Last night was the final episode of The Late Show With David Letterman. Unlike many televised goodbyes, it was not overly-sentimental, nor was it overly-congratulatory. Yet, watching it from home, it was hard not to feel both emotional as Letterman said goodbye and thankful for everything he has brought us over the years.

The final Late Show went long, by about 15 minutes. The majority of the show was filled mostly by Dave, doing what he does best: talking and making us laugh. There was a celebrity-filled Top Ten list that featured old friends like Bill Murray (making one last appearance) and Steve Martin. There was a new introduction with Dave and Barack Obama. But, mostly this was a quiet affair; one fitting the private and self-deprecating host. There was no sobbing, tearful goodbye, just one final “Thank you and good night” as The Foo Fighters, Letterman’s favorite band, played his favorite song over a montage of some of the show’s best moments.

Letterman received an extended standing ovation during his entrance and it seemed to almost take even Letterman by surprise. During a slightly extended monologue he made some old school Letterman cracks (“It’s beginning to look like I’m not going to get the Tonight Show.”) before segueing to a show that was mostly made up of some classic bits from years past. One of the best, was Dave working the drive-thru at a Taco Bell. In another montage, he was talking to a bunch of young kids. Letterman famously didn’t have much interest in remote segments in his later years, but this is a reminder that when in his prime, he was at his best when interacting with regular people.

The past year or so since Letterman announced his departure was the best he’s been as a host in years. He was looser, funnier and quicker. Ironic that as soon as he came to peace with his job, it was time to walk away.

At the end of the show, he revealed that his wife Regina, was in that audience with their son, Harry. (Hilariously, Letterman had to say hello to Harry’s friend that he brought along, “Tommy Ribato”, who maybe got the biggest applause of the night.) In all the years of watching Letterman, it was the happiest he ever looked. So much of that show is pretending to be interested in the conversations of actors selling their movies and TV shows, but at that moment, looking out at his wife and son, you caught a glimpse of the real guy.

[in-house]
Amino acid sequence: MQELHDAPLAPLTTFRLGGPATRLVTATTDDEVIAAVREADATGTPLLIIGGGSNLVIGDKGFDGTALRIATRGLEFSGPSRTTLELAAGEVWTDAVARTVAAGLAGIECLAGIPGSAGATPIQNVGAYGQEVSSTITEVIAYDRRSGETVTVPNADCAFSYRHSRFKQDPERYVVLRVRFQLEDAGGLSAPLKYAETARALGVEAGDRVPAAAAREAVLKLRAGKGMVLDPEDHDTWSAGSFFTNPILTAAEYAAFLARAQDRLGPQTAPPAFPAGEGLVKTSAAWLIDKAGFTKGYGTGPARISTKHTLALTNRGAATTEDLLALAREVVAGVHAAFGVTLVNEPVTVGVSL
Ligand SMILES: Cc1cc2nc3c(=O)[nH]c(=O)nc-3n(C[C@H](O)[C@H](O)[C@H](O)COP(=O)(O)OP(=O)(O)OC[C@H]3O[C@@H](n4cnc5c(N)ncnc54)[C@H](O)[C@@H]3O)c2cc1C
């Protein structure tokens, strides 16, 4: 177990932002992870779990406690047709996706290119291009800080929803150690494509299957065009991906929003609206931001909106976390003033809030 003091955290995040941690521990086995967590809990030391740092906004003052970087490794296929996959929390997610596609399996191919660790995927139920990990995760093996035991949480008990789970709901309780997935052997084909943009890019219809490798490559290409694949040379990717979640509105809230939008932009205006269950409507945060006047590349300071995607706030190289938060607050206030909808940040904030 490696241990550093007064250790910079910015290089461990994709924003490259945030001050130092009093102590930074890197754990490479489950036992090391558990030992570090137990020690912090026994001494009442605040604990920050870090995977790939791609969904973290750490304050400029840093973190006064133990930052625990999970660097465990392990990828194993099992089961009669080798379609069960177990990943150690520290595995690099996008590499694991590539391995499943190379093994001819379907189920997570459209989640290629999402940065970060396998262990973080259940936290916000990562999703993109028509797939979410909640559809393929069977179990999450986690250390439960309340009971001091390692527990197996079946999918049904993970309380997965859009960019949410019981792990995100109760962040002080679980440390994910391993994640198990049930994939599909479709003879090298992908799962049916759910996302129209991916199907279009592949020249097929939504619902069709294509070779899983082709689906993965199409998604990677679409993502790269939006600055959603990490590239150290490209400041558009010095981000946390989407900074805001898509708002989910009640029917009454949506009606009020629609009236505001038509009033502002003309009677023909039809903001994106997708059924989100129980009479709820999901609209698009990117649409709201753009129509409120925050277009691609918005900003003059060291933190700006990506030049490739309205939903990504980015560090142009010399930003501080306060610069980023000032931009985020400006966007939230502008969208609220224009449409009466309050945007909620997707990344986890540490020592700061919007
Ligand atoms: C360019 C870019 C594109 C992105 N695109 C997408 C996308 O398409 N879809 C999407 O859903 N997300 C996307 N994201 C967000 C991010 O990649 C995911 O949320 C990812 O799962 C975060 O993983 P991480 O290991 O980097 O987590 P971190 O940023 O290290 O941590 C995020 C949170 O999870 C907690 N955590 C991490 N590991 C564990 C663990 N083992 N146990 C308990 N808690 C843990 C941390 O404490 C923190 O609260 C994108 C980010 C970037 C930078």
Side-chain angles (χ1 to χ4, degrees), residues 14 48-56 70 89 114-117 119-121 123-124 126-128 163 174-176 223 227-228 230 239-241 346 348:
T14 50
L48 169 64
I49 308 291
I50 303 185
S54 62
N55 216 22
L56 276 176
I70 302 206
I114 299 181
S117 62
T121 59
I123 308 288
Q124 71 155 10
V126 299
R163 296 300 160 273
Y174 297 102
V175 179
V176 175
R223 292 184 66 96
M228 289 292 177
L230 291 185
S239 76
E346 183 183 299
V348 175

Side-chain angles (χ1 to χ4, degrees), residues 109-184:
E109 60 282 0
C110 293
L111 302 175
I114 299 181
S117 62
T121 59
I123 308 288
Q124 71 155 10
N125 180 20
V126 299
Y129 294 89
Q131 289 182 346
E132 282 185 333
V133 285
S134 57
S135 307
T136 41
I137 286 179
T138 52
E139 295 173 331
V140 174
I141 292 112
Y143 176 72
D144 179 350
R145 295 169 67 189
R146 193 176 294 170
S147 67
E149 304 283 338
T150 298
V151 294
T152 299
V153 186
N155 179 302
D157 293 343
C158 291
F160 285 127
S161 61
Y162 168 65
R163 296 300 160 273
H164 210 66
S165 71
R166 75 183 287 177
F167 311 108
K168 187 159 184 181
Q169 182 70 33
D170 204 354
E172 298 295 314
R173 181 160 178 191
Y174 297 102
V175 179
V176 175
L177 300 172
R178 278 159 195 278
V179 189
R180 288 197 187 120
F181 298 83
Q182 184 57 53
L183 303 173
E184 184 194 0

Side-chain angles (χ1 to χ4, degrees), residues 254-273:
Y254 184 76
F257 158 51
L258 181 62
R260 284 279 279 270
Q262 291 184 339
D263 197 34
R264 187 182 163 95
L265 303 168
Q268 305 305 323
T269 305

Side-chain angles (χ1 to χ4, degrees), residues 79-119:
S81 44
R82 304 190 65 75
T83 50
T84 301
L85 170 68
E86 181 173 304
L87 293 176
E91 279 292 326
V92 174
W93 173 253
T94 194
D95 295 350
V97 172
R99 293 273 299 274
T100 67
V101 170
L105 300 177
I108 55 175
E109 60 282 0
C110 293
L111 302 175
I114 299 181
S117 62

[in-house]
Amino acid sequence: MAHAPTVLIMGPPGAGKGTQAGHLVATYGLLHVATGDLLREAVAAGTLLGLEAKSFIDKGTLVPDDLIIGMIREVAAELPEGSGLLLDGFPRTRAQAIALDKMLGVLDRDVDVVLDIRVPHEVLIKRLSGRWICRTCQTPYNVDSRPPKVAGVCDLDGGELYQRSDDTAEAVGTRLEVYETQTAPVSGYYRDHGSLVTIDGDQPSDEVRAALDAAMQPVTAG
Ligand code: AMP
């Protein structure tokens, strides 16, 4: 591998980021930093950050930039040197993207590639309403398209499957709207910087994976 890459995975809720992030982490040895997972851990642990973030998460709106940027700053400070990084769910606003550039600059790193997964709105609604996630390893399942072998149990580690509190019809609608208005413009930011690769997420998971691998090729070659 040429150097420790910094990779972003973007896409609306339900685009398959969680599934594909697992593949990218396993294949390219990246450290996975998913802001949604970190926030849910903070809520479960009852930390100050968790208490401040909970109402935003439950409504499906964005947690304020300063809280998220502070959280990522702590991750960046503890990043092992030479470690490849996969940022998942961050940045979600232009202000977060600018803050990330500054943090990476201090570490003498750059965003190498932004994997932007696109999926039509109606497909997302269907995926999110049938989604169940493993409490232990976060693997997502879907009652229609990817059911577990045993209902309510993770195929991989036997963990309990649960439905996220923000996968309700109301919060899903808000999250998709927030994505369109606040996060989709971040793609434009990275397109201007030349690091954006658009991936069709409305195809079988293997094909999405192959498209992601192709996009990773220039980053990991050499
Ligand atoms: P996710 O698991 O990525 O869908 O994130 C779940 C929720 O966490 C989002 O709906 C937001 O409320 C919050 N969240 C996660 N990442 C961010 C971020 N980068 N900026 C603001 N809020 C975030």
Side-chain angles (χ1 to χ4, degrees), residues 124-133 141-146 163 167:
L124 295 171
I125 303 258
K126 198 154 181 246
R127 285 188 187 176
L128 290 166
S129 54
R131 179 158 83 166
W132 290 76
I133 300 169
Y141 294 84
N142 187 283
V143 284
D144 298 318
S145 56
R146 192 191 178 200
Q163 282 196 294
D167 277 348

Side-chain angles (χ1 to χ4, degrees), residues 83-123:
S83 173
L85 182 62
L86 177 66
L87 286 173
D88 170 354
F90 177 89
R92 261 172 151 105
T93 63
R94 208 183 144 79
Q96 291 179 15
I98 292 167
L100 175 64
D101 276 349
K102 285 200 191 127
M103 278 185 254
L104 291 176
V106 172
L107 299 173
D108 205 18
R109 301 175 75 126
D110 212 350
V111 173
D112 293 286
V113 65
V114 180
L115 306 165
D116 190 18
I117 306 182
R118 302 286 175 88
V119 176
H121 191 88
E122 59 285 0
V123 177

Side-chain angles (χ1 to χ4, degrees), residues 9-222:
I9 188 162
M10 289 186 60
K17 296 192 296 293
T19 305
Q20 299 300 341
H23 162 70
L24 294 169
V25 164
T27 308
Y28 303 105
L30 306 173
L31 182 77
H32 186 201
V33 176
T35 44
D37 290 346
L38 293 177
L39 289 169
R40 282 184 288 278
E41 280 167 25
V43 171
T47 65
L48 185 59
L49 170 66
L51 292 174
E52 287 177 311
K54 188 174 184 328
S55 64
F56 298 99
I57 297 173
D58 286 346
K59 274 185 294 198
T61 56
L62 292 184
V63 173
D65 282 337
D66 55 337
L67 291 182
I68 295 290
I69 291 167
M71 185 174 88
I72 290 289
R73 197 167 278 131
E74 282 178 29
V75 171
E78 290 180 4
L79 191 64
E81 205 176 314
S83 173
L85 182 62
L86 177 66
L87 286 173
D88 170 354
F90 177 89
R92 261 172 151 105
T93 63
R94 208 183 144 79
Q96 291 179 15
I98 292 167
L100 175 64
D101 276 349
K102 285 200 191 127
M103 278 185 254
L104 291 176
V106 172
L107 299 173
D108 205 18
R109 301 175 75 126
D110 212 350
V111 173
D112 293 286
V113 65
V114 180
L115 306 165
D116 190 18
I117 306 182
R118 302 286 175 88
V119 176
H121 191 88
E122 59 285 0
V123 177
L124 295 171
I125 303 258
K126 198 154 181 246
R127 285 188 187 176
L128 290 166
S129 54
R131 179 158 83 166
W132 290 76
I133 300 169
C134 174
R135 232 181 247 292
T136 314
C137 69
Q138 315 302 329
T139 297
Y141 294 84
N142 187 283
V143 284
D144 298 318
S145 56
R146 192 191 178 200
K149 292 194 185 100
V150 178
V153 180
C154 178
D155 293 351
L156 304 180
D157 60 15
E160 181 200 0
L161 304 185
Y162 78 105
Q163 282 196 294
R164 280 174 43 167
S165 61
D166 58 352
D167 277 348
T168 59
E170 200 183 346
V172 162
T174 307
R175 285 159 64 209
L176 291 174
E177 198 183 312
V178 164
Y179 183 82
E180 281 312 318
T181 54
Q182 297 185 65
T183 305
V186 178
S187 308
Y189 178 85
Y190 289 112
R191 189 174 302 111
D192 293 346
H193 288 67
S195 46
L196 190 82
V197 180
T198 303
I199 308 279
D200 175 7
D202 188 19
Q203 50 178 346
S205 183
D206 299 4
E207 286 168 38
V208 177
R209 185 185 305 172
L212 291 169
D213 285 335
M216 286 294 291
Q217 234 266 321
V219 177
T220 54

It wasn’t a particularly heartfelt episode, at least for the host. He continued his self-deprecating demeanor and even, at the end, when he mentions that fans will say to him that they’ve been watching him since he hosted NBC’s morning show, he says, “Have you thought about a complete psychological workup?” No one expected Letterman to suddenly lapse into sentimentality, though as we watched the episode play out, there was more than enough emotion. Letterman may have been the only one with dry eyes. Through good and bad, Letterman has been there, almost every night, to make us laugh and now, with one final goodbye, he’s gone.

Letterman joked throughout the episode that people keep asking him, “Well, what are you going to do now?” As he said to his family during his closing, “I Love you both and really nothing else matters, does it?”, the answer is pretty obvious. Maybe the better question is what are we going to do now.

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